Drinks giants hit out at Osborne’s sugar tax


Coca-Cola, Britvic and Vimto-maker Nichols fight back

The bosses of some of the world’s biggest drinks companies have hit out at the sugar tax announced in the Budget, saying it won’t help to cut obesity.

The levy on sugary drinks will come into effect in April 2018 and will see the price of drinks with more than 5g of sugar per 100ml rise by 18p a litre.

This would add 6p to the price of a 330ml can of pop.

Drinks company shares fell on the announcement, however, other countries where a sugar tax has been implemented have had mixed results, so there’s no guarantee drinks firms are going to be worse off in the long-term.

Coca-Cola’s UK boss, Leendert den Hollander, said the company didn’t believe the sugar tax is a right move.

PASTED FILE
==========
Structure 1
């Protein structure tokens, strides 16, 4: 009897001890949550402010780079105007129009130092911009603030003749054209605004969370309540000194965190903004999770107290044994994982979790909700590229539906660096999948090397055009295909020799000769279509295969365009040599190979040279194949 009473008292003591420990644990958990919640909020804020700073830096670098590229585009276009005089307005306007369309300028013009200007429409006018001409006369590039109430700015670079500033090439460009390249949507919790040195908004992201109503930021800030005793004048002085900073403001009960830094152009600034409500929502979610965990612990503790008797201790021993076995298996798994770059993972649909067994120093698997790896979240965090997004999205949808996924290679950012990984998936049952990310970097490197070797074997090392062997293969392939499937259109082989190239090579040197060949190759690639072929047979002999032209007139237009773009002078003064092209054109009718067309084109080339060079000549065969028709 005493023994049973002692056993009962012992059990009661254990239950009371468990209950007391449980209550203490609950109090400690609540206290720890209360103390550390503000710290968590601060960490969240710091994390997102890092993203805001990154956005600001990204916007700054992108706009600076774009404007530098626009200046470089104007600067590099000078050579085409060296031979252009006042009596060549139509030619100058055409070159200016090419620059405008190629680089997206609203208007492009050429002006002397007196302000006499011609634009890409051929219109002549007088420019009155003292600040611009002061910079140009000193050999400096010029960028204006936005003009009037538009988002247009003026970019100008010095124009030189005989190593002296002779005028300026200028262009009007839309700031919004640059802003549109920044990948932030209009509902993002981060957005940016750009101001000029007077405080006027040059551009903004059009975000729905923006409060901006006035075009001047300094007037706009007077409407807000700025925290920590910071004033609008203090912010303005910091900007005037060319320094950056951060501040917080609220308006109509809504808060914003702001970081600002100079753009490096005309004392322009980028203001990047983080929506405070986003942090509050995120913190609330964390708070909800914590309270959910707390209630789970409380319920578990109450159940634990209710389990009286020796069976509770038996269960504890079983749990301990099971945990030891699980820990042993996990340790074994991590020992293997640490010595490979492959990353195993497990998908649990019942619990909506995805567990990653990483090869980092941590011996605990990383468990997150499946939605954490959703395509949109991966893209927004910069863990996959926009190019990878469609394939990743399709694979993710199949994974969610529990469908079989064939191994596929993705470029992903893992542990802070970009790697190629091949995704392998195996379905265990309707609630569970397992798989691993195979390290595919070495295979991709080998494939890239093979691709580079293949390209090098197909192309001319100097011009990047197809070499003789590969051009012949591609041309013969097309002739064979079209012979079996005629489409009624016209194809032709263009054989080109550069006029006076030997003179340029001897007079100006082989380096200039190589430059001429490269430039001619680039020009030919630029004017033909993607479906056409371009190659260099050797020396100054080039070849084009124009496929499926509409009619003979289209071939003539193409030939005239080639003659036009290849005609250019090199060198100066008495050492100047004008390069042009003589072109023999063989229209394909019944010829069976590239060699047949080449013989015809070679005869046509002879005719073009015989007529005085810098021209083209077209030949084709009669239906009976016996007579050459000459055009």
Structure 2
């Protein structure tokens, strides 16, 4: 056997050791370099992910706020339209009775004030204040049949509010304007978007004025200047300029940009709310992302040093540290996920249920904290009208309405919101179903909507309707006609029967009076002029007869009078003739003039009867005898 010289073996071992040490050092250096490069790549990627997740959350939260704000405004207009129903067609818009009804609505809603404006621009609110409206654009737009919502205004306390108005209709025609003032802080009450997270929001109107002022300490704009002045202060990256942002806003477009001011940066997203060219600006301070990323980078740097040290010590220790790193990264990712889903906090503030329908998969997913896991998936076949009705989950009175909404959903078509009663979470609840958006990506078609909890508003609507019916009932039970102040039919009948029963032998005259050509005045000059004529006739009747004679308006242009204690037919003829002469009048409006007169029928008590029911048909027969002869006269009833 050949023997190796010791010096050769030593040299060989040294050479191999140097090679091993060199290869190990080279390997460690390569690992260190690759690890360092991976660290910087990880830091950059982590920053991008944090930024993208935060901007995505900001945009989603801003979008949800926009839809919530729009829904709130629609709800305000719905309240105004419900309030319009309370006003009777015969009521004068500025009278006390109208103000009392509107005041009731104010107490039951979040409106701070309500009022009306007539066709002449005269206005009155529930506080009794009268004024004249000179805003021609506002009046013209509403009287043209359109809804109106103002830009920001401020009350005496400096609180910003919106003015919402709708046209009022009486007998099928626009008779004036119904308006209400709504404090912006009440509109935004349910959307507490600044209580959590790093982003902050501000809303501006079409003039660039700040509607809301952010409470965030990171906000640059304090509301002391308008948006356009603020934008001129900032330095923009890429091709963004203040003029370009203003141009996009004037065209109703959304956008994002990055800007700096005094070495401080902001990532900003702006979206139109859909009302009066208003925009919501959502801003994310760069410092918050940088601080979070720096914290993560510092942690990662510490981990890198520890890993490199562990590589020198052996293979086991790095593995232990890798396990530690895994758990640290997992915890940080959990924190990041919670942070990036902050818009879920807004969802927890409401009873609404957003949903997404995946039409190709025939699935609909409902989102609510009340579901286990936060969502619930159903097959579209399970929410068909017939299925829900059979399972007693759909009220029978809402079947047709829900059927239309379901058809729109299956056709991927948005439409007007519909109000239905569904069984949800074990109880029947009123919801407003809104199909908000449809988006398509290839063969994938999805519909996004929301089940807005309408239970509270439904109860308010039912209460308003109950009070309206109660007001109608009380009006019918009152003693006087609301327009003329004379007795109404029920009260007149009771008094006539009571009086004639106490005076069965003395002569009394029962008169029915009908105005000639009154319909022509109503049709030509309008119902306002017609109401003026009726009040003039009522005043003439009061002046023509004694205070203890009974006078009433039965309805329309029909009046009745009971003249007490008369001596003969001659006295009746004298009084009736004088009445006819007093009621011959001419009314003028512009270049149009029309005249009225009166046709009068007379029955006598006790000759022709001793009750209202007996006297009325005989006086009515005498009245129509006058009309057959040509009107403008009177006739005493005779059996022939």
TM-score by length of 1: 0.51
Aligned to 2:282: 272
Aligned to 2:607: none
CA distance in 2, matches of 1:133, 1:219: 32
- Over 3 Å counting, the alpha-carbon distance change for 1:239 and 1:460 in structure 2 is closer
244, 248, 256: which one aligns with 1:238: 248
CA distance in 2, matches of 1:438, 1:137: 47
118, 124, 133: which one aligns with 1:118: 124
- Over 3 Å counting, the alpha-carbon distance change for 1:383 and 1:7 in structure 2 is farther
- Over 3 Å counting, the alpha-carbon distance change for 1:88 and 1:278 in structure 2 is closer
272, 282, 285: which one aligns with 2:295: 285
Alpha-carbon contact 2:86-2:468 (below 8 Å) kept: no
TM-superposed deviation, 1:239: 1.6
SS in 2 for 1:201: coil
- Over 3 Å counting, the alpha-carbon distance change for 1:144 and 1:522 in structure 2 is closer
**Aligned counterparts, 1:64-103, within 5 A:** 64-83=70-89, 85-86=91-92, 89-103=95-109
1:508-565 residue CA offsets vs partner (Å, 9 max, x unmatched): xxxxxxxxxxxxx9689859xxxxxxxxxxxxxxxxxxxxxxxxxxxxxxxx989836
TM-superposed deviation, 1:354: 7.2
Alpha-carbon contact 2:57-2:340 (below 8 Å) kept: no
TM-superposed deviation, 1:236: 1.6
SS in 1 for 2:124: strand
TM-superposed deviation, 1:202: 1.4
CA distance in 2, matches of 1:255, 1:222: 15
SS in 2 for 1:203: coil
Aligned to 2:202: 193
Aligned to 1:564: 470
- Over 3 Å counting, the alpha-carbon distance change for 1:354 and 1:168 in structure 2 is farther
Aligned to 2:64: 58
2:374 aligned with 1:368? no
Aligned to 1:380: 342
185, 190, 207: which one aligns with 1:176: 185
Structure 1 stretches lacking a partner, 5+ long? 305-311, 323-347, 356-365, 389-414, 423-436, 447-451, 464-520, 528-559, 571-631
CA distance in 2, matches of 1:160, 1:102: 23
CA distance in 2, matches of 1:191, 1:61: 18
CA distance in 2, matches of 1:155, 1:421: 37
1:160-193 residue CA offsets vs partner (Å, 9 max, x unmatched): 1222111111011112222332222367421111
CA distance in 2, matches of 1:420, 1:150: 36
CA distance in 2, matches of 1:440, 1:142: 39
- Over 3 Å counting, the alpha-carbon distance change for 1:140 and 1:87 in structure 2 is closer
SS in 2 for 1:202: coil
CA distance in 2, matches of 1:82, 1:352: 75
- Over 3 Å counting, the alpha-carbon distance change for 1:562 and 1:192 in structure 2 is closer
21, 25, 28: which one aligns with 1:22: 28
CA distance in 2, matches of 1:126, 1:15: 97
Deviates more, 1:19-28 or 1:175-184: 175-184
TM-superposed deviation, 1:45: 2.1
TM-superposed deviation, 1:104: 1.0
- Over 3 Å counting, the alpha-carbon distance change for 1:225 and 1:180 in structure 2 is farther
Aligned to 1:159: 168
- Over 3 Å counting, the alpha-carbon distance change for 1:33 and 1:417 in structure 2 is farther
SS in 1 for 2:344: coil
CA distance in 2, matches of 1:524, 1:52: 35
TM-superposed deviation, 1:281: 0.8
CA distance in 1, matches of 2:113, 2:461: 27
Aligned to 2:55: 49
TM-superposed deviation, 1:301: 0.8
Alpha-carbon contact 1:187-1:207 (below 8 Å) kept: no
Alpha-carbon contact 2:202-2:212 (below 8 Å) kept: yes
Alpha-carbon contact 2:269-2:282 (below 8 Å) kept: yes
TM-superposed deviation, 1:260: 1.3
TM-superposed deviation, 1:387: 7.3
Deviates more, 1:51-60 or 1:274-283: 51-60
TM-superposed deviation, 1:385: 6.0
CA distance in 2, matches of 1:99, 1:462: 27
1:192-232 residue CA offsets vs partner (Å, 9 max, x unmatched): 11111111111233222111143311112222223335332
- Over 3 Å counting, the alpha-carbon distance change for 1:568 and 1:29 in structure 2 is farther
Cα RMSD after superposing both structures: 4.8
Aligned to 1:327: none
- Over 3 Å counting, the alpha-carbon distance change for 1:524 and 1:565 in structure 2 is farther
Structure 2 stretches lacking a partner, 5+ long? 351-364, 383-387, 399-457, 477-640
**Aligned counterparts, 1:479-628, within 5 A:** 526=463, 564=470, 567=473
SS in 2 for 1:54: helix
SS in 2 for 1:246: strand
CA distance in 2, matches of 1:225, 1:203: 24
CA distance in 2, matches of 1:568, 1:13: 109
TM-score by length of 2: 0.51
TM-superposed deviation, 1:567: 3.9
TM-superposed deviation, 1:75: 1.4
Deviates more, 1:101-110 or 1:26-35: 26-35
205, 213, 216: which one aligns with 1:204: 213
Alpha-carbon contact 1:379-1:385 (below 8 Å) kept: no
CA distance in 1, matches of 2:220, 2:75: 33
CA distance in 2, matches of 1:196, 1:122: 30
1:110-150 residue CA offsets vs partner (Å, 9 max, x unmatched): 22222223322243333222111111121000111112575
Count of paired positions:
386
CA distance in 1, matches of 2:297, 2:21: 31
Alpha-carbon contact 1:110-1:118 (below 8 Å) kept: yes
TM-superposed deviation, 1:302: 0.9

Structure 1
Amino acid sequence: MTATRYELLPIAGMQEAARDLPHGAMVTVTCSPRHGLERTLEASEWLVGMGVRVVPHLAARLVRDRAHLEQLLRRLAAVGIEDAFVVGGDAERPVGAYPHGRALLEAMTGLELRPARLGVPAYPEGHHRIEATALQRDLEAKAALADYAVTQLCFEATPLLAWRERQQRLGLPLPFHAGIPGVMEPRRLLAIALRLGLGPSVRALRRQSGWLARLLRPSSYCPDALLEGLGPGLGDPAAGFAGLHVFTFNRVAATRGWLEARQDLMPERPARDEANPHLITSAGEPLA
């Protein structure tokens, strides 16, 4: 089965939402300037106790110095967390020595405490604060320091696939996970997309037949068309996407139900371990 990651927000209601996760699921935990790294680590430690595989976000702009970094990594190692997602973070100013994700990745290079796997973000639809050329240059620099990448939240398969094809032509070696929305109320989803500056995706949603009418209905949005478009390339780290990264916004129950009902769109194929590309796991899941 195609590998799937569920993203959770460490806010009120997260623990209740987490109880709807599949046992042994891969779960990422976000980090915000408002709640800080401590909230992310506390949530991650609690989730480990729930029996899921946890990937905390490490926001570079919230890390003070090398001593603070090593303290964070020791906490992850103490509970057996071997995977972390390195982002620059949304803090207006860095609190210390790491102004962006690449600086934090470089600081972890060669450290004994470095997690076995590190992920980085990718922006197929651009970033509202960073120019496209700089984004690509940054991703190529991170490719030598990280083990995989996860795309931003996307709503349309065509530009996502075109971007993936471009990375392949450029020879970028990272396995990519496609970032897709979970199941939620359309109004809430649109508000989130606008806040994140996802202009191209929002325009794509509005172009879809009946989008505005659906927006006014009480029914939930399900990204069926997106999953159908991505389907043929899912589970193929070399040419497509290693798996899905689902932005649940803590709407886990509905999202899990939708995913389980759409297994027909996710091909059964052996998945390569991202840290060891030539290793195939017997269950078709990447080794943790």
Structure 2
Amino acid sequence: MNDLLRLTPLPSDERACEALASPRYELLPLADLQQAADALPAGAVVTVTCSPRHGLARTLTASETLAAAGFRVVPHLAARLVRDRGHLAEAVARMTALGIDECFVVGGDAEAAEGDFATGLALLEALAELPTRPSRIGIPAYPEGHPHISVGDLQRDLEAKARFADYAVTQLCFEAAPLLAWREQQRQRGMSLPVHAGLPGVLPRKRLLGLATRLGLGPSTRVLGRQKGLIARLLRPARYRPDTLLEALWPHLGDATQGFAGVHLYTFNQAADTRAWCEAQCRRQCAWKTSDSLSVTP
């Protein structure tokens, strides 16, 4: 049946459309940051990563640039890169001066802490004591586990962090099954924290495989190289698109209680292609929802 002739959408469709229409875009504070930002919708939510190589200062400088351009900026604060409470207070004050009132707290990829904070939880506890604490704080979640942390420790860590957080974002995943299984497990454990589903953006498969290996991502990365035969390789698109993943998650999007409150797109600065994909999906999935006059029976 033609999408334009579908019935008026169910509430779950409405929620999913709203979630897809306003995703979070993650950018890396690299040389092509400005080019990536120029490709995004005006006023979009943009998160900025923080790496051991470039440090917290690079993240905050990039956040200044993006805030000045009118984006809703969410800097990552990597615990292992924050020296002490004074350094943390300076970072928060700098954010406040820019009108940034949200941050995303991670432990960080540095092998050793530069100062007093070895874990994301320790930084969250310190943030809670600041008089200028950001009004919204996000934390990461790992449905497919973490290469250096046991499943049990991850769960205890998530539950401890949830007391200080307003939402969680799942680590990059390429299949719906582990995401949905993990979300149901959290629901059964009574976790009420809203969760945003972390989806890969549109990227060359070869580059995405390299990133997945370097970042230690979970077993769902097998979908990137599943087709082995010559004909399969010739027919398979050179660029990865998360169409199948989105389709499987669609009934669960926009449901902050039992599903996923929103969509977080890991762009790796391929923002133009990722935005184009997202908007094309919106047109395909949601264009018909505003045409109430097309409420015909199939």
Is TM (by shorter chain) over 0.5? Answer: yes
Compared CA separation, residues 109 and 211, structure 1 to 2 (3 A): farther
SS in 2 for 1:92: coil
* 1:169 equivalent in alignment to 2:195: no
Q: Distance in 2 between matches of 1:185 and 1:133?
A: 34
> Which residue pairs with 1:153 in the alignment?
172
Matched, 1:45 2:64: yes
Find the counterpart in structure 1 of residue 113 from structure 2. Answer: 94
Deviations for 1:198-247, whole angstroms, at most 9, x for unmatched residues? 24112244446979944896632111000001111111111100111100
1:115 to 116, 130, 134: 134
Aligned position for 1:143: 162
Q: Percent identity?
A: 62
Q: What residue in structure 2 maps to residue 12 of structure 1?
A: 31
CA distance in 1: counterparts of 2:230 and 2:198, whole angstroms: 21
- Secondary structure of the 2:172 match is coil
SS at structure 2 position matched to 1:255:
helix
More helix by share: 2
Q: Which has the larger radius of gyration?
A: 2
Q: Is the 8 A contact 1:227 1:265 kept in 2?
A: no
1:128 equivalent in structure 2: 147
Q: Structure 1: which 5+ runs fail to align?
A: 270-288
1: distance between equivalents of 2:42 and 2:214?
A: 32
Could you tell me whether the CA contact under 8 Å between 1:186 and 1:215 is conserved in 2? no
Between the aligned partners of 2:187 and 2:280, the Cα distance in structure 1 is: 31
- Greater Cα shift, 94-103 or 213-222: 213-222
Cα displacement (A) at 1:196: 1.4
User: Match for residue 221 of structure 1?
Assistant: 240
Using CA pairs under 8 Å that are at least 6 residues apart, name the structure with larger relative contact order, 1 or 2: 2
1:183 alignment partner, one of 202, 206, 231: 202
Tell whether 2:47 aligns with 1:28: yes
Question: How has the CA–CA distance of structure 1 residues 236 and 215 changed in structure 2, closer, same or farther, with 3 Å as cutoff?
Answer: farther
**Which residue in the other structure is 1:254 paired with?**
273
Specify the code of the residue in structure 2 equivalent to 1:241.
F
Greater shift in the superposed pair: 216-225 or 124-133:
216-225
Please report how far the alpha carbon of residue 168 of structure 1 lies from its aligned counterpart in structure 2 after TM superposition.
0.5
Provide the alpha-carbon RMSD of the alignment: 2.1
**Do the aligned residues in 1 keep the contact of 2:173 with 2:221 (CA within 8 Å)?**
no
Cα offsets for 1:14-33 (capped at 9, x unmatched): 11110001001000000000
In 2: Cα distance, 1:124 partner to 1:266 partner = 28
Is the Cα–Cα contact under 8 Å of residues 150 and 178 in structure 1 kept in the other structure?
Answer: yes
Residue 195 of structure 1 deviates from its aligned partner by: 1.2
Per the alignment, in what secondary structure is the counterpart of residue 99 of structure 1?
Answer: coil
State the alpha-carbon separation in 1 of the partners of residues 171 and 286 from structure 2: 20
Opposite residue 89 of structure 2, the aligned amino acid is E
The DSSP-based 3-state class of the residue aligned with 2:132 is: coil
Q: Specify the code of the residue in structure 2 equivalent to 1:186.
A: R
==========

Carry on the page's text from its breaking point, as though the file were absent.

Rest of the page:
“We are not debating the issue, we are debating the solution. The facts don’t suggest that a sugar tax works to change behaviour,” he said.

“We know this is one of the mechanics and solutions that people think will help deal with the issue of obesity, at least from a government perspective, but there is no evidence to suggest that this will reduce obesity.”

Vimto and Panda drinks maker Nichols concurred. Marnie Millard, chief executive of Nichols, said: “While we recognise sugar consumption is a shared responsibility, we do not believe that a tax on soft drinks is an effective solution or fair to consumers.”

Britvic said in a statement that it was extremely disappointed about the introduction of the tax, adding: “Singling out soft drinks alone will not solve the obesity problem, given the small proportion of calories they contribute in the average diet.

“We remain of the view that only a holistic, wide-ranging strategy will tackle obesity.”